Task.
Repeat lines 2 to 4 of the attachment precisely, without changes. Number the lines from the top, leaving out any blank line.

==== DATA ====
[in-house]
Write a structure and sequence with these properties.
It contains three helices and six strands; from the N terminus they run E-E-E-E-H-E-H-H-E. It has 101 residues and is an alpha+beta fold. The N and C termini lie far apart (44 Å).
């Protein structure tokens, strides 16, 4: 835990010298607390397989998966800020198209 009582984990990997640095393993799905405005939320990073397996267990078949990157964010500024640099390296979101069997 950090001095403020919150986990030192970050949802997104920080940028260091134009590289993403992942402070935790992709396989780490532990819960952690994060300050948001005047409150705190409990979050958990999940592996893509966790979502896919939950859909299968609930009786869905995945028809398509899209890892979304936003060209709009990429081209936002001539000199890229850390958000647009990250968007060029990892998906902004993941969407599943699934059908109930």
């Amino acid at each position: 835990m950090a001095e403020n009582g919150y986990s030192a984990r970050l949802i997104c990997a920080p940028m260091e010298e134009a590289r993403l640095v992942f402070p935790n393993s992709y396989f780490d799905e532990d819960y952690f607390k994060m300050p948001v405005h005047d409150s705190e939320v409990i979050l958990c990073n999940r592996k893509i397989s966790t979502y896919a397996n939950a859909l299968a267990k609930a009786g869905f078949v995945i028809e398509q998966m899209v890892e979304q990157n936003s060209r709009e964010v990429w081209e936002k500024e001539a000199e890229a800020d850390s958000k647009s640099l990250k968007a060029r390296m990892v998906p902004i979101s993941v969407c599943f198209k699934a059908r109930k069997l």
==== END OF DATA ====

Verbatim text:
Write a structure and sequence with these properties.
It contains three helices and six strands; from the N terminus they run E-E-E-E-H-E-H-H-E. It has 101 residues and is an alpha+beta fold. The N and C termini lie far apart (44 Å).
């Protein structure tokens, strides 16, 4: 835990010298607390397989998966800020198209 009582984990990997640095393993799905405005939320990073397996267990078949990157964010500024640099390296979101069997 950090001095403020919150986990030192970050949802997104920080940028260091134009590289993403992942402070935790992709396989780490532990819960952690994060300050948001005047409150705190409990979050958990999940592996893509966790979502896919939950859909299968609930009786869905995945028809398509899209890892979304936003060209709009990429081209936002001539000199890229850390958000647009990250968007060029990892998906902004993941969407599943699934059908109930």